Category: Marriage help

Learning Love Languages

Recently a wife said to me, I’m sending all of my friends to your marriage seminar.” “Really, why?” I asked. “Before the seminar, Bob never helped me with anything. We both had our careers, but it was always my job to do all the house work. After the seminar he started asking me, ‘What can I do to help you this evening?’ I’ll have to admit that at first there were trying and humorous times. The first time he did the laundry, he used bleach instead of detergent. Our blue towels came out white polka dotted. But eventually he learned. It’s wonderful. And it’s been going on for three years now.” Why was this wife so happy? Because her husband learned to speak her love language.

Knowing How to Love Your Spouse

If your spouse often criticizes you for not “helping them”, they may be telling you that ‘acts of service’ is their love language. People tend to criticize their spouse most loudly in the area where they themselves have the deepest emotional need. Their criticism is an ineffective way of pleading for love. If you understand this, you might respond more positively to their criticism. You might say, “It sounds like that is really important to you. Could you explain why it is so crucial?” Initiating such a conversation may eventually turn the criticism into a request rather than a demand. When you hear criticism, it’s time to listen. Your spouse is giving you valuable information about what would make them feel loved.

Coercing Love

One of the five love languages is “acts of service.” For some people, this is their primary love language. However, people sometimes make the mistake of demanding acts of service from their loved ones: “If you loved me you would help me around the house.” true love, however, is a choice and cannot be coerced. Criticism and demands tend to drive wedges. With enough criticism your spouse may do what you want, but it will not be an expression of love. You can give guidance to love by making requests: “Would you please mow the grass?” But you cannot create the will to love. Each of us must decide daily to love or not to love. If acts of service is the primary love language of your spouse, then mowing the grass will be loves loudest voice.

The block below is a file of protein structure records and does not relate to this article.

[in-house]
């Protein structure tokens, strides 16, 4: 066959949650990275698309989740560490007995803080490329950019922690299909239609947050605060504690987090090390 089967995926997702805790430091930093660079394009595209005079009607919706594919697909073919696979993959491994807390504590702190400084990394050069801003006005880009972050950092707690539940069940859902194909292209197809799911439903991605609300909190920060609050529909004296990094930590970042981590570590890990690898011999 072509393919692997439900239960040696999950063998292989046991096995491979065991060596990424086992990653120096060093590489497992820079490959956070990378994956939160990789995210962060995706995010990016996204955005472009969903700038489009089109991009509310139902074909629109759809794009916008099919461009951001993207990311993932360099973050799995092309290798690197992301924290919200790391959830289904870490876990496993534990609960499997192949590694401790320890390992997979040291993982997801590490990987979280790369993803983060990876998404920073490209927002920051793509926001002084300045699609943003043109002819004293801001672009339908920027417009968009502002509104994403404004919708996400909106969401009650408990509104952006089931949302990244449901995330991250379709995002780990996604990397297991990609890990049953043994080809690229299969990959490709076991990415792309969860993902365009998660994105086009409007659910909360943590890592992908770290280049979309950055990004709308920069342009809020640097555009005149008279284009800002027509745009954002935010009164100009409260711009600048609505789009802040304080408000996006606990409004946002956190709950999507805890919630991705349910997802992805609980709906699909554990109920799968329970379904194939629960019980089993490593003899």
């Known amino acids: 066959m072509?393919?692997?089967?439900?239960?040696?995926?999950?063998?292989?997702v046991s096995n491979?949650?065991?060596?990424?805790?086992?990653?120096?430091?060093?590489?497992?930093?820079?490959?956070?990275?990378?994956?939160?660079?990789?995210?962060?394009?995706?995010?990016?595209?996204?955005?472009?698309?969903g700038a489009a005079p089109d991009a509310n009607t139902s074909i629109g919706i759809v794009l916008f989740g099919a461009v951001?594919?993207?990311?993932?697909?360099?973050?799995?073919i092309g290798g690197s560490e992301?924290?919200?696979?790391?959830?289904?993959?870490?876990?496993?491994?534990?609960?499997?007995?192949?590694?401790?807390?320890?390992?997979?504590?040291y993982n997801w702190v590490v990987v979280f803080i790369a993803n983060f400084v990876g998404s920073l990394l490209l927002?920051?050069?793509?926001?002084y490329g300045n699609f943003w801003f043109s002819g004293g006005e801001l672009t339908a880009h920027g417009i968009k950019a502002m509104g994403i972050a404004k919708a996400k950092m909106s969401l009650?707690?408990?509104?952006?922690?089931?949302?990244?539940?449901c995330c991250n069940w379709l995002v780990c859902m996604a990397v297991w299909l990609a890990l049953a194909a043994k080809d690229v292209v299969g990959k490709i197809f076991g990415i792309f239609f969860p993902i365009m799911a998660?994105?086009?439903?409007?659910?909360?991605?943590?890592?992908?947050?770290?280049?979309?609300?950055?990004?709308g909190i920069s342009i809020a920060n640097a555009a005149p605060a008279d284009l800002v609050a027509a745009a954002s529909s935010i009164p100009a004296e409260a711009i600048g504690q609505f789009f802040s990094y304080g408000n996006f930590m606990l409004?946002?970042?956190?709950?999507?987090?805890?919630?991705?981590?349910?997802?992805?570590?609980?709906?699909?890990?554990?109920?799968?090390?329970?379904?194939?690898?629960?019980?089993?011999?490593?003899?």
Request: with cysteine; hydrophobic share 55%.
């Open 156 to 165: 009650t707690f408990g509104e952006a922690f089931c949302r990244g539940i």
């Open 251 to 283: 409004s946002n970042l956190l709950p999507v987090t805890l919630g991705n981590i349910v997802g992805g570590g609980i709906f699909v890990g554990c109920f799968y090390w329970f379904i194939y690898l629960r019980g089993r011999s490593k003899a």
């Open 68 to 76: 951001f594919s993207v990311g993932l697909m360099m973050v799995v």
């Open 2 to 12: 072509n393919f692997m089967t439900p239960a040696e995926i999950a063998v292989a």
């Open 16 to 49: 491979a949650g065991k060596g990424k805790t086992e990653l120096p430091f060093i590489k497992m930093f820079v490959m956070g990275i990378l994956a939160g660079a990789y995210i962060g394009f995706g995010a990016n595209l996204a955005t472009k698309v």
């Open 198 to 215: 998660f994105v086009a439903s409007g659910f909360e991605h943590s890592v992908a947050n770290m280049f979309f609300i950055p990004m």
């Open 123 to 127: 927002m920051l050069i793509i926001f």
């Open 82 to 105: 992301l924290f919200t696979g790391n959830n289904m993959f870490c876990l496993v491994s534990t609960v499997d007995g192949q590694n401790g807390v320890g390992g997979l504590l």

Recognizing Fault

In all of my counseling, I have never met a perfect husband or a perfect wife. Yet, when there is a problem, we tend to blame the other person. I have often given individuals a sheet of paper and asked them to list the faults of their spouse. They make long and impressive lists. Then I ask them to list their own faults. Seldom has anyone come back with more than four. What does this tell us? That the spouse really is the problem? Hardly, for each spouse has a grand list of the other’s faults. It tells us that we have become accustomed to our faults, and they don’t seem so big.

Remember the words of Jesus, before you try to get the speck out of your mate’s eye—behold the beam in your own eye. Personal confession is the first step in improving a marriage.

Hope for Your Marriage

Bob and Janice have been separated for three months. The only contact they have had is when they met briefly with a lawyer to discuss the terms of legal separation. Is there hope for their marriage? Not until someone seeks to penetrate the silence. But let me remind you that one person can break the silence. It takes both to communicate, but only one to initiate the process.

Have you been standing off, refusing to give in and call, waiting for your spouse to make the first move? Jesus said, that if your brother sins, you are to confront him in private and seek to be reconciled. You can’t make him reconcile, but you can seek reconciliation. If your spouse refuses, you have lost nothing. It is worth the effort.

Q&A: A husband trying to come together with his wife on choosing a church.